Shutdowns & Pit Stops: Reevaluating The Need For Speed

Casual observers may foolishly take for granted one critically important and highly strategic aspect of stock car racing—the art and science of the pit stop. Watching pit stops is one of my favorite elements of every NASCAR race. Of course, it helps to understand what you’re seeing to truly appreciate the considerable impact it has on the race.

These well-timed and lightning-quick yet carefully-orchestrated maneuvers—the culmination of years of experience and expertise performed by highly-skilled professionals—are necessary to adjust and maintain the race car in order to remain competitive and finish the race. Nail your pit stops and you have a competitive advantage. Fail your pit stops and you’ll be laps down at best and at worst, you’ll be ending your day early with a demoralizing and costly exit to the garage.

Pit Stops & Scheduled Shutdowns

Pit stops are not unlike planned outages and shutdowns. Both require a great deal of planning and teamwork and both are absolutely critical to the success of their operation. Ultimately, both also come down to proper execution.

Making improvements to conveyor systems will increase safety and productivity

For the sake of progress, momentum, and production, sometimes necessary shutdowns are delayed. And once the time is carved out, there can be pressure to address and correct as much as possible in the shortest amount of time. Neither tactic amounts to a winning strategy.

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When shutdowns and pit stops are put off, more wear and tear adds up. When shutdowns and pit stops are rushed beyond reason, there is more risk and less effectiveness. At this juncture, it’s worth establishing some basic truths about the nature of shutdowns:

  1. There is never a “convenient” time.
  2. It’s impossible to be totally prepared.
  3. Completing a shutdown with zero injuries is a success, regardless of how much was accomplished.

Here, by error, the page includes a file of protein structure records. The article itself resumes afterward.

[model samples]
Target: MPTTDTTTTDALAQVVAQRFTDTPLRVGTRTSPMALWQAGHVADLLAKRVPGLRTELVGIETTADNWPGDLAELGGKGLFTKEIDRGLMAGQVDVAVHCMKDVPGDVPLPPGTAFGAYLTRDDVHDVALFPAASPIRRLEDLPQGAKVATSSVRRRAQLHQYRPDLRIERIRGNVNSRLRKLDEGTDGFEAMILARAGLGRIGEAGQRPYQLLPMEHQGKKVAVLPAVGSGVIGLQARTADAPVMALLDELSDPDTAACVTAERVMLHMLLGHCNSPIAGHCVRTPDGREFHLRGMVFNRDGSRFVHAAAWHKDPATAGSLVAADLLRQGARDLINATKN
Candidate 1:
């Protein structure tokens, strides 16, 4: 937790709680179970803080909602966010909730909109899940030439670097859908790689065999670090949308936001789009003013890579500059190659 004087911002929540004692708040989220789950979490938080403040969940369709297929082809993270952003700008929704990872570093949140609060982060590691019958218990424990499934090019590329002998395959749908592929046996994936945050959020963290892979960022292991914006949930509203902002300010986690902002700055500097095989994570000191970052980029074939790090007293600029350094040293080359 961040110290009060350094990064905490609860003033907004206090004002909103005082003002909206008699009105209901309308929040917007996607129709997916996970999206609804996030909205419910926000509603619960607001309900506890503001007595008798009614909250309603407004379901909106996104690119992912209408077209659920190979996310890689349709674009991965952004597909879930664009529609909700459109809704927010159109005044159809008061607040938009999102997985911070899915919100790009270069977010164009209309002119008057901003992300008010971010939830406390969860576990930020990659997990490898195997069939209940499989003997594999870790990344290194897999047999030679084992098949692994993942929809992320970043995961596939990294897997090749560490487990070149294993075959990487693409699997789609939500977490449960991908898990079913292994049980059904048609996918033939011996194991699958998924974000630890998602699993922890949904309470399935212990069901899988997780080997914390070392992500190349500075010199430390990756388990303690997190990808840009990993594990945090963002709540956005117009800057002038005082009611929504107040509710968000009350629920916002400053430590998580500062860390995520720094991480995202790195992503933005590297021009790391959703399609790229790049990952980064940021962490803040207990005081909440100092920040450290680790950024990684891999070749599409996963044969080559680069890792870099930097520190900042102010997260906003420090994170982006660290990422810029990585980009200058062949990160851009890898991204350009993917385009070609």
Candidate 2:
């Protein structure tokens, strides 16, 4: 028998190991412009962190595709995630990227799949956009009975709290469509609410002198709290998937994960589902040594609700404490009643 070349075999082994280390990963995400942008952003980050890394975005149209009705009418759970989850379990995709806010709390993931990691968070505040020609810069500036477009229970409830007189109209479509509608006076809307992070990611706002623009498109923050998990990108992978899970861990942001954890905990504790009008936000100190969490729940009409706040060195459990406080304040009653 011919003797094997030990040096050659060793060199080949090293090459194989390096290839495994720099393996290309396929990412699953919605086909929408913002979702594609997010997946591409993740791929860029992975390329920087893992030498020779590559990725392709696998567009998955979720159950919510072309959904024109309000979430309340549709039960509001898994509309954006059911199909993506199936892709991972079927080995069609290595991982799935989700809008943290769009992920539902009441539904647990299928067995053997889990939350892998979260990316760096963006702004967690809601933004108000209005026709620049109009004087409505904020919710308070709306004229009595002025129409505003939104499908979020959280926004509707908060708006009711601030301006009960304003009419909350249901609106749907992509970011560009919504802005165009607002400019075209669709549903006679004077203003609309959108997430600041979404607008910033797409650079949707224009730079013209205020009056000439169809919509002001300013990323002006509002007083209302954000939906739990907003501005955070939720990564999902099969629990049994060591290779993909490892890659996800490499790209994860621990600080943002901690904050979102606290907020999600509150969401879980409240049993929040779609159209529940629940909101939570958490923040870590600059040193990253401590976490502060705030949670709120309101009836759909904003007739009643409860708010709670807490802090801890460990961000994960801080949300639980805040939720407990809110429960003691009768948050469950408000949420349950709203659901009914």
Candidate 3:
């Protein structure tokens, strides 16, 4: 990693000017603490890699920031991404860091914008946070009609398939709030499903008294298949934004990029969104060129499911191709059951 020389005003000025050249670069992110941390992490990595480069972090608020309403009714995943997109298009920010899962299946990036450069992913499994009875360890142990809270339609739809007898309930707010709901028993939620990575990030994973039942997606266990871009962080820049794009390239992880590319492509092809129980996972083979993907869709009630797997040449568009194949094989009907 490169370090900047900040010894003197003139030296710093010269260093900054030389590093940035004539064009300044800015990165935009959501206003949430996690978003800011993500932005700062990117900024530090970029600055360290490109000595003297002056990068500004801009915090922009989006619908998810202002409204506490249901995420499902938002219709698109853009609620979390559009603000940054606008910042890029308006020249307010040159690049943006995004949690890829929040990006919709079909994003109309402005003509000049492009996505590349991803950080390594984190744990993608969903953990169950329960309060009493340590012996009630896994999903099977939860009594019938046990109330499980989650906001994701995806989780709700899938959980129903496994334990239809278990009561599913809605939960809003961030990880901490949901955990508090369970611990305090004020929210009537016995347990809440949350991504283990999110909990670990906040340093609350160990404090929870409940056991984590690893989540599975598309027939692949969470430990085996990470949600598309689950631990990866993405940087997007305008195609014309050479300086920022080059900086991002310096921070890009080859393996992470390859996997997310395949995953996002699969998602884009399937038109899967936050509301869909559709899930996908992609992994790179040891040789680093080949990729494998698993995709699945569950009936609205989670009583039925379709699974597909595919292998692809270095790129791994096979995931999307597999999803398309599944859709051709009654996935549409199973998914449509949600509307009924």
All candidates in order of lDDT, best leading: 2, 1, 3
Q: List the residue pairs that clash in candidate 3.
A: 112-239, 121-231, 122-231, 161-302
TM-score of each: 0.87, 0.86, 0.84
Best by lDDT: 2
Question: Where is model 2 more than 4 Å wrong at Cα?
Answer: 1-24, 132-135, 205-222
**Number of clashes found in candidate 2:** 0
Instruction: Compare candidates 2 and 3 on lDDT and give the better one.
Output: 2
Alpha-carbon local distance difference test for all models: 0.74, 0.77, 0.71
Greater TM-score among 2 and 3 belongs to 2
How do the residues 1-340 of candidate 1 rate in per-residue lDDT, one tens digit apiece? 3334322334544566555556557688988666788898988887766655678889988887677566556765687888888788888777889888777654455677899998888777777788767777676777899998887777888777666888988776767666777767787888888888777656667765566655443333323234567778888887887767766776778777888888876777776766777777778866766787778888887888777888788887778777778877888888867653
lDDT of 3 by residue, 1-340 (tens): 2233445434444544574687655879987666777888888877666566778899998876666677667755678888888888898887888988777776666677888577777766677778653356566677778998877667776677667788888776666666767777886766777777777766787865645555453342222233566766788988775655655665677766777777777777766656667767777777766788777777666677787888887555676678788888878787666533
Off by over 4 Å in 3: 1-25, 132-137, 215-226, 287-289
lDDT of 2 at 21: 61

Reconsidering The Need For Speed

Shutdowns offer the opportunity to improve safety, efficiency, and productivity. When it comes to bulk material handling, increased production often means faster conveyor belt speeds. However, like approaching turns on a racetrack too fast, the idea that more speed leads to better results is something that warrants a yellow flag and cautious reconsideration. Increasing belt speeds will certainly get material moving from turn 1 to turn 4 faster, but what exactly happens when more material gets to the finish line faster?

Oftentimes, getting more material to the discharge point faster simply means that it piles up more quickly than it can flow through the receiving chute, hopper, crusher, etc. The original design capacity of the system becomes overwhelmed—as if we find ourselves running three- or even four-wide heading into the next turn—and the material pile-up turns into a blockage that chokes material flow and reduces throughput. Trying to increase production by increasing belt speed frequently results in the exact opposite; reduced production, red flag, standstill, engines off.

Increased belt speeds often correlate with an increase in dust, material spillage, and system wear and tear. By the end of the race, we find that a shortsighted and incomplete shutdown plan actually results in decreased production and component life as well as increased maintenance, clean-up, labor, and safety risks.

Planning, Teamwork, Execution

Material handling systems need to be approached as a whole—from loading and conveying to discharge and material flow—with the understanding that any change to a single aspect affects the system at large. If the belt speed is increased, the transfer chute might need to be redesigned to handle greater material volumes with different trajectories at faster speeds.

A thorough inspection before makingn changes is essential to fully understanding issues with your conveyor belt

Like pit stops, success is greatly aided by assembling the right team of experienced professionals. With so much work to be accomplished in a limited timeframe, enlisting the help and efficiency of specialized crews who are factory-trained and have the advantage of greater experience and expertise than in-house personnel or general contractors can help maintain momentum and progress throughout the shutdown. This is precisely why pit crews are highly-specialized. Time is valuable and inefficiencies in the process can be incredibly costly.

Successful, efficient, and effective pit stops and shutdowns ultimately come down to execution. Relying on a solid team of in-house and external resources provides the familiarity, experience, and specialized expertise necessary to get the job done, done well, and on time. Finally, as with any team, good communication is critical  to maintain focus, navigate the course, and keep the project on track through the checkered flag.

Properly planning for an outage will allow you to get the most accomplished in a timely manner

Martin Engineering has been behind the wheel of bulk material handling systems around the world since before Bill France Sr. arranged the very first race in Daytona Beach nearly 75 years ago. We’d be happy to visit your site and work with you to help plan and execute any conveyor system maintenance and improvements you may have in mind. Reach out, give us the green flag, and we’ll start our engines. 🏁

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